Apr. 6, 2022


Miguel Seco

Portugal

Miguel Seco

President, Portuguese-Spanish Chamber of Commerce and Industry

TBY talks to Miguel Seco, President of the Portuguese-Spanish Chamber of Commerce and Industry, about attracting foreign investors, green energy, and goals for 2022.

BIO

Miguel Seco holds a degree in Economics and Business Studies from University of Santiago de Compostela followed by an MBA from ESADE, Barcelona. He was part of the team responsible for setting up the first branch of a Portuguese bank in Spain (BPA), and in the last 20 years he has been director of the Iberian Business Center of the largest private Portuguese bank (Millennium bcp) and head of the Iberian Business area of Banco Sabadell Portugal. He is the current president of the Portuguese-Spanish Chamber of Commerce and Industry. He has also been president of the Galician Centre of Lisbon. Miguel Seco is a regular speaker at various business and social forums and  received a Commendation of the Order of Civil Merit (Spain), in 2009, and an honorary degree awarded by thePortuguese-Spanish Chamber of Commerce and Industry, in 2017.


What makes Portugal a perfect place for foreign investors?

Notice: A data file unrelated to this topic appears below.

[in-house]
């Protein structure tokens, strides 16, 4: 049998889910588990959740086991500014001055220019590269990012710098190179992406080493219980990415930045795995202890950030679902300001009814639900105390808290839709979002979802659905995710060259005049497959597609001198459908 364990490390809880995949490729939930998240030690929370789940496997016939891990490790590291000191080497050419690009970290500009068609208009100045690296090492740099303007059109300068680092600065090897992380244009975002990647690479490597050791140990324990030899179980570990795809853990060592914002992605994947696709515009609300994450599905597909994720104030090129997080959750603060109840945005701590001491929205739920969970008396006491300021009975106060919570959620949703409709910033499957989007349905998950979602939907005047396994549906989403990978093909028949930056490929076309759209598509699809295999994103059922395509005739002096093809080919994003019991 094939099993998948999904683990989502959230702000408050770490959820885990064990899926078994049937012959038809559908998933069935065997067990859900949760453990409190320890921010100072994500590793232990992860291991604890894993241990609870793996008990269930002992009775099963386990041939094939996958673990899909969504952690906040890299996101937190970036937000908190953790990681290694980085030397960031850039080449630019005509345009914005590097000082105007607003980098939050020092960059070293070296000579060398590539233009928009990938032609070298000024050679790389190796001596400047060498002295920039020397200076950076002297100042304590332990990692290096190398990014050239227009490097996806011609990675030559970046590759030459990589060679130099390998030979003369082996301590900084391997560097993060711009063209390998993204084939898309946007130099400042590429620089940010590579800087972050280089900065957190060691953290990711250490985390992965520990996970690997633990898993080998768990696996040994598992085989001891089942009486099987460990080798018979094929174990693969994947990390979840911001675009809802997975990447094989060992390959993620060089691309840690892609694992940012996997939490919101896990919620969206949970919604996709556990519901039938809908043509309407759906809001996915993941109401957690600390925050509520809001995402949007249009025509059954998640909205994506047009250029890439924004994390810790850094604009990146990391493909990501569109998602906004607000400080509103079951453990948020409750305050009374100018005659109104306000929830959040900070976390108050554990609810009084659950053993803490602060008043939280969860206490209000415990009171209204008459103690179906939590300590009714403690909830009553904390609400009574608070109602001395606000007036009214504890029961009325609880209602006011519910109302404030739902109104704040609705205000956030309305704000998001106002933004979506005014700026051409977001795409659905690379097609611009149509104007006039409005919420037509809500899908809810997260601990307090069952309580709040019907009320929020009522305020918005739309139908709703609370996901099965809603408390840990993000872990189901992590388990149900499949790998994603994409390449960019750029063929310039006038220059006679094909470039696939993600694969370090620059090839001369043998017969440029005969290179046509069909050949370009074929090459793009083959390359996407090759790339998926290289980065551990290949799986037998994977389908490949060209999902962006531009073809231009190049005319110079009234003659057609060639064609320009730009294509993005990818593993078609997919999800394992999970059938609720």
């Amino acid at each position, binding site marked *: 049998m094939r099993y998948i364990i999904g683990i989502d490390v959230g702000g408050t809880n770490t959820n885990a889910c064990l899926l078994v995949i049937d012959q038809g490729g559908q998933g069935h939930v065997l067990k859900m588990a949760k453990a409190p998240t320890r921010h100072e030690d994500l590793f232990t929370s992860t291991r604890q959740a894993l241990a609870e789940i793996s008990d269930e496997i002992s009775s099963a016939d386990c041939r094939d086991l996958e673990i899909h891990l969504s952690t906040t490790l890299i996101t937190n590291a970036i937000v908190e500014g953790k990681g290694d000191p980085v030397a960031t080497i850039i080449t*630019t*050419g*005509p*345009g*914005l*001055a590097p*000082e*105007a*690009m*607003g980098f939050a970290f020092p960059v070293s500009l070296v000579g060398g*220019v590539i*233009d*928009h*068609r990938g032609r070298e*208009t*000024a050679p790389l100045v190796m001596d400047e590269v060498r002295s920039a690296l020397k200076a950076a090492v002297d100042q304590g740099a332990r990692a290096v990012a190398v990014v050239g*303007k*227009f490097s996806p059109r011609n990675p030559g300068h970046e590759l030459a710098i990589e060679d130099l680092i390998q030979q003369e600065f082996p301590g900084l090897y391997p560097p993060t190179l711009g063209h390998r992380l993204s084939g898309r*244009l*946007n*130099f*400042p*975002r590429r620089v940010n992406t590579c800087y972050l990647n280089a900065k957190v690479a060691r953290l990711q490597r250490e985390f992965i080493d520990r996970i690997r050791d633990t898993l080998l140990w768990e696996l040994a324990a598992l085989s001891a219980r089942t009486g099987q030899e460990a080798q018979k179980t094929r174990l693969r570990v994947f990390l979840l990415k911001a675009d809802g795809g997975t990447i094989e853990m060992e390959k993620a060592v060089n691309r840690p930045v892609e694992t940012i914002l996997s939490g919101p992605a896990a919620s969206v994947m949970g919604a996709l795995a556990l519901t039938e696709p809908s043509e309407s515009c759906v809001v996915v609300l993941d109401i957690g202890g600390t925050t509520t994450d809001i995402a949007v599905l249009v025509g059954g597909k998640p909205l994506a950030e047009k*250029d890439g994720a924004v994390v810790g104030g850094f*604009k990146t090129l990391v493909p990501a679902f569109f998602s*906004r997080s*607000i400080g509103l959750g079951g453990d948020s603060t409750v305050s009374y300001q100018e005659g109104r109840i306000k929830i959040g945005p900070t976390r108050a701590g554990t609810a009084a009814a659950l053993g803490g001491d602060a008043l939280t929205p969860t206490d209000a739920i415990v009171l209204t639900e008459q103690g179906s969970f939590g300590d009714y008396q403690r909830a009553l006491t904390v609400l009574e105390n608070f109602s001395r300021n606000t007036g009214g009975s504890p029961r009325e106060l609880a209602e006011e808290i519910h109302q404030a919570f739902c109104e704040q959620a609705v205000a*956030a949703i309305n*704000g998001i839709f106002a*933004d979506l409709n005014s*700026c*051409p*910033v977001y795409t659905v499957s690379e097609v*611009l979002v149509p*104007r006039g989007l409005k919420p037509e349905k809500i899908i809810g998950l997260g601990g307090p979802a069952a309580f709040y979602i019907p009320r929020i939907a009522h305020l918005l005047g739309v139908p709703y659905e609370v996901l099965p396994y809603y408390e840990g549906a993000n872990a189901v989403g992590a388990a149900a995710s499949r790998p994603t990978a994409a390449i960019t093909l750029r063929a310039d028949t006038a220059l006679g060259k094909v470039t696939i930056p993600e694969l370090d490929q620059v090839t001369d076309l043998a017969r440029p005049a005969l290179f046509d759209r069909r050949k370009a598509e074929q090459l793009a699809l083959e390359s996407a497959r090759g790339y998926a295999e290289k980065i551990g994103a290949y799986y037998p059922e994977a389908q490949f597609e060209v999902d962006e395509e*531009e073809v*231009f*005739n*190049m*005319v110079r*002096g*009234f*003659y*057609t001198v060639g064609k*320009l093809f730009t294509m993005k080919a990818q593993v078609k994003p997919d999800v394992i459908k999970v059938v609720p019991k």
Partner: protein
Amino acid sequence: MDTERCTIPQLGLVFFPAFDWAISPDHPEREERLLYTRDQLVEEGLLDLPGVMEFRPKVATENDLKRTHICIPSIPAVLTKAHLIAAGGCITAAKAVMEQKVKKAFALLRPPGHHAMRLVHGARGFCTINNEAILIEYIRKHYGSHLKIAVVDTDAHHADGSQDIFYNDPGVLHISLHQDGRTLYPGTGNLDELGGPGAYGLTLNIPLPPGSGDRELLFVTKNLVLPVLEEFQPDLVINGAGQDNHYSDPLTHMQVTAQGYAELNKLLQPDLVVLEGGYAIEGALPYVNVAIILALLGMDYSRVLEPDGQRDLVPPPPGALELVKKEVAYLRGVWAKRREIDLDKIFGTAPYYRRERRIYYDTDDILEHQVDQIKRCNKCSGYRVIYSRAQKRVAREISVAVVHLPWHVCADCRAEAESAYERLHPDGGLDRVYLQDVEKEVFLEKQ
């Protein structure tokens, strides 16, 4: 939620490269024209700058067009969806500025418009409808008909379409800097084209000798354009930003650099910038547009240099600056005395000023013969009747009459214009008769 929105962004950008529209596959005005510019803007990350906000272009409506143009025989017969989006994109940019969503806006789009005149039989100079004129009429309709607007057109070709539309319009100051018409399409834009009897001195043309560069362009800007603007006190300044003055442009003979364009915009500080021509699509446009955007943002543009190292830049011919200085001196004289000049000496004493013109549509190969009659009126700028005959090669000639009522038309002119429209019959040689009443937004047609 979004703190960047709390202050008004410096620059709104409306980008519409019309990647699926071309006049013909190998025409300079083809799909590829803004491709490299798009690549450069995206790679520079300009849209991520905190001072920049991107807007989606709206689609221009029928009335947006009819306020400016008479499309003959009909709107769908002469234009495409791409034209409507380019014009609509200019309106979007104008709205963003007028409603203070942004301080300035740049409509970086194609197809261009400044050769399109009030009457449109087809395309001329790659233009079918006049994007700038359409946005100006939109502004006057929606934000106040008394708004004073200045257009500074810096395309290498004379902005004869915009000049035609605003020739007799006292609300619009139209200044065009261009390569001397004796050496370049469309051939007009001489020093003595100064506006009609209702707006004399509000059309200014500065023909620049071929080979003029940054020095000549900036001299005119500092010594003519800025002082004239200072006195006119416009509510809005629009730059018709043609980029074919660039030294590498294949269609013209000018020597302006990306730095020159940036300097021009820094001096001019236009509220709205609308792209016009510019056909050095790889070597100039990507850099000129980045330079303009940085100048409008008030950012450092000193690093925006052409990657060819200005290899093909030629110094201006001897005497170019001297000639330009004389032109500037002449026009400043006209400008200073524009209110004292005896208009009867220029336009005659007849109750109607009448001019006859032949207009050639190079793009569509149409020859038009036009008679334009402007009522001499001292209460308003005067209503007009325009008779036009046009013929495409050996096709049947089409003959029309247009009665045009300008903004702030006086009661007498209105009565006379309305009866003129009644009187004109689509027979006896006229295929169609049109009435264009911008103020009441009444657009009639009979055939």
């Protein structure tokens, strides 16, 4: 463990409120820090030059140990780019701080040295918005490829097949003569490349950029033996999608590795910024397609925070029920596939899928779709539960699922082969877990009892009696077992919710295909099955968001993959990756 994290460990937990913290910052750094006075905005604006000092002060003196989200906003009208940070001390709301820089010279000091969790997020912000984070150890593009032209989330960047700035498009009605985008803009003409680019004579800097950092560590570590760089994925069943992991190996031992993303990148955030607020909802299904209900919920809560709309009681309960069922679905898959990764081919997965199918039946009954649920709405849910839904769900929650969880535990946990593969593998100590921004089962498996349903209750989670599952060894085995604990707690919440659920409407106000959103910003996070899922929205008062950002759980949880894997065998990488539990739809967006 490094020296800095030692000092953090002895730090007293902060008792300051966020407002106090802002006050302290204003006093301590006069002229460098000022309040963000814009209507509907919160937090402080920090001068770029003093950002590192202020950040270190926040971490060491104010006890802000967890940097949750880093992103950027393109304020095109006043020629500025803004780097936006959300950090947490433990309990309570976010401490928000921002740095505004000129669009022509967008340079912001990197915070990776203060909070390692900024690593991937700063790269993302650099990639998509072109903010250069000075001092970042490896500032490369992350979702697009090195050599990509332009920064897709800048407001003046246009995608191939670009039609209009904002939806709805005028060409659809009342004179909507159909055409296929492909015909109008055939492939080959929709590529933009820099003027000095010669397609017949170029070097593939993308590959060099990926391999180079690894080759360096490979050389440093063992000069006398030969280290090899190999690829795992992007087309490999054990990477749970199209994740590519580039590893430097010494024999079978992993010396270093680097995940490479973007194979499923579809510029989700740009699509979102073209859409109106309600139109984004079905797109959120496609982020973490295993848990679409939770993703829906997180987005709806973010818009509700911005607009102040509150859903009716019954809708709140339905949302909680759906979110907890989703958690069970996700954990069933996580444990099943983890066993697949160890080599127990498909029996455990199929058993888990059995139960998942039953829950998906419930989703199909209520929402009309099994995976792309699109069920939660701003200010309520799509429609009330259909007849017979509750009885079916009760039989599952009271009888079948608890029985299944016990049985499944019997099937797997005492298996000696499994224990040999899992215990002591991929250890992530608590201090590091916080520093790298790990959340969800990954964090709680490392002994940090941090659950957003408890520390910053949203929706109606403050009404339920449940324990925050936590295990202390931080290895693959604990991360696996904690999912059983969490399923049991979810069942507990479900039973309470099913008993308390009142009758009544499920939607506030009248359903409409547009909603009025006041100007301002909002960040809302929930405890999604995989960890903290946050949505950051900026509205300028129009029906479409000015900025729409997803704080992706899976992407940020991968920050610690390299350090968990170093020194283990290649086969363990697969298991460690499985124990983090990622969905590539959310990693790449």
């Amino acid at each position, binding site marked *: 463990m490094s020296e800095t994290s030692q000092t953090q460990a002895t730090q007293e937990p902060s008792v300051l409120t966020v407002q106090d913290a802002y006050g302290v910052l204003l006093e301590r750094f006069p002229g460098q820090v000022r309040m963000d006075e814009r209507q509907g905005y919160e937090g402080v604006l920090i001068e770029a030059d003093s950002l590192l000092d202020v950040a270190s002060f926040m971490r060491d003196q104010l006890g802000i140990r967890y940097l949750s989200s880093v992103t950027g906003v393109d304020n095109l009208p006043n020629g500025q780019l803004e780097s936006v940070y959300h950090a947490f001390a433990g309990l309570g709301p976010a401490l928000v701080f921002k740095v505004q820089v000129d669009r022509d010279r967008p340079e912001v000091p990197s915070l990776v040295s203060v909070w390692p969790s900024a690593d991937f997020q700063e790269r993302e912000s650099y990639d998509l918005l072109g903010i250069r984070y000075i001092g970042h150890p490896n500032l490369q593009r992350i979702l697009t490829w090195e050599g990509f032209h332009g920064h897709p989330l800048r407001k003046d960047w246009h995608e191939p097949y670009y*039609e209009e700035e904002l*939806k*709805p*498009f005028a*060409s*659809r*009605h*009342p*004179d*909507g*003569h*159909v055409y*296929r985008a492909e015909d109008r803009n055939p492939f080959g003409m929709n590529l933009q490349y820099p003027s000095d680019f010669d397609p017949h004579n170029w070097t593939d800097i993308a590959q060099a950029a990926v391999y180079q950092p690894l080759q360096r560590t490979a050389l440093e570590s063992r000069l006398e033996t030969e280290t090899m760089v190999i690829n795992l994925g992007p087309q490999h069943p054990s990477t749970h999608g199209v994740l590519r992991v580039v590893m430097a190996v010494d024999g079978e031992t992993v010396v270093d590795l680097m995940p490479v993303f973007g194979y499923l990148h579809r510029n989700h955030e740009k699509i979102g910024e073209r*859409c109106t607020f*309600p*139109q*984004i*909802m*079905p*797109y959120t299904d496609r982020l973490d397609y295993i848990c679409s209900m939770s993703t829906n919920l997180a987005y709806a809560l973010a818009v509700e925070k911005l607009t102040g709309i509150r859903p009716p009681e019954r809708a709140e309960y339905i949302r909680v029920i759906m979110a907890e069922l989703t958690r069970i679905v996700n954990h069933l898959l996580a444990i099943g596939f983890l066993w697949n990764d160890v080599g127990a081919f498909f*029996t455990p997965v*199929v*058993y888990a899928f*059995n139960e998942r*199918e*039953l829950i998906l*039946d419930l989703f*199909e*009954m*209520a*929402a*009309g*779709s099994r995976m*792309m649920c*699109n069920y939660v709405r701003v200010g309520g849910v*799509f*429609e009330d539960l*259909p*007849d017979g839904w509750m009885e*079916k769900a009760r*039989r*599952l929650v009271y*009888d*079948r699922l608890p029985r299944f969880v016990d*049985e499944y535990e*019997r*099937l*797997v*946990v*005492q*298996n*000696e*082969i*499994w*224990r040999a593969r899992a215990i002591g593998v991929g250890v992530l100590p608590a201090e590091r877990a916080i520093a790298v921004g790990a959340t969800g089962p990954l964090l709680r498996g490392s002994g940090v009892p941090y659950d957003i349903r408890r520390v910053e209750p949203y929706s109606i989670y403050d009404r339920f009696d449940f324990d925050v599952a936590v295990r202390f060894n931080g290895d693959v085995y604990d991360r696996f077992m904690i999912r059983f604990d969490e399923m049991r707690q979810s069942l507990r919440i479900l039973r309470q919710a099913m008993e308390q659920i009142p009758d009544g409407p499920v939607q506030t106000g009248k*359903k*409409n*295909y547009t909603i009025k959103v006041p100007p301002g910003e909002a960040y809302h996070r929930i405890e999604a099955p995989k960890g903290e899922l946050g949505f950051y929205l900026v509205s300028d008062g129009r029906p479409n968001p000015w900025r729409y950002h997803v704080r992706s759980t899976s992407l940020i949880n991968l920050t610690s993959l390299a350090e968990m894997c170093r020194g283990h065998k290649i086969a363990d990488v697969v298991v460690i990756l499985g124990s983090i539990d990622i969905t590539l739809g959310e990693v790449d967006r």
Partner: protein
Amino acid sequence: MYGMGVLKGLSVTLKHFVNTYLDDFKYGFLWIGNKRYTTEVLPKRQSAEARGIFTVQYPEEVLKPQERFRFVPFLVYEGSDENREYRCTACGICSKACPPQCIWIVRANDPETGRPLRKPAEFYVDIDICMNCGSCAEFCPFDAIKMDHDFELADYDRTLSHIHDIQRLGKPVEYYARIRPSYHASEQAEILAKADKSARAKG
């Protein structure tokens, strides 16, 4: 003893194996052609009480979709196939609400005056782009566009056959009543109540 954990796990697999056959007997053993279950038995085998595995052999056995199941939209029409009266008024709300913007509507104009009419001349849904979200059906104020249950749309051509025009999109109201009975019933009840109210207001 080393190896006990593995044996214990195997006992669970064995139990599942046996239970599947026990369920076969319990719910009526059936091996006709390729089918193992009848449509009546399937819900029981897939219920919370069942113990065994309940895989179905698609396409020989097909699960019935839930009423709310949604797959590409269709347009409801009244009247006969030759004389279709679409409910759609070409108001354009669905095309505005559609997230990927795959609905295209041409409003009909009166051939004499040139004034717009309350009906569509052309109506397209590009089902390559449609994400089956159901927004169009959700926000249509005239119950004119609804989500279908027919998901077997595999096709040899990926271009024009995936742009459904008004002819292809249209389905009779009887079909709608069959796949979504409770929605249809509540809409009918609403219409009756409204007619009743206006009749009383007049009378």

Portugal is a perfect example of economic diplomacy. It is not a coincidence that it has been in the presidency of the European Union for 10 years, and that the Secretary General of the UN and the vice-president of the European Central Bank are both Portuguese. Portugal moves well in the international plan; the role of foreign trade and internationalization is extremely important to the country. 50% of its economy depends on foreign countries, that is why ithas been clearly focused on that. Strong political stability is the basis of international investment.

What is the importance of Spain for Portugal, and how are Spanish investors contributing to the development of the national economy?

The significance is substantial. In terms of overall data, Spain accounts for around 30% of Portugal’s foreign commerce. Its primary supplier and primary client is Spain. The Spanish coverage rate is 180% higher than the combined rate of exports and imports. It is mostly focused in three Spanish regions or communities—Madrid, Catalonia (sem a vírgula) and Galicia—which account for about 55% of total international trade. Aside from this, there are around 100,000 companies that export or trade between the two countries. According to the results of a recent analysis (InformaDB), there are 4,322 enterprises in Portugal that have Spanish participation. If we see it since the joint admission of the two countries on the same day of the former European Community, in 1986, when the figures were fairly low, volume has been steadily increasing.

What are the most represented sectors, and which ones will drive the growth of the country over the short term?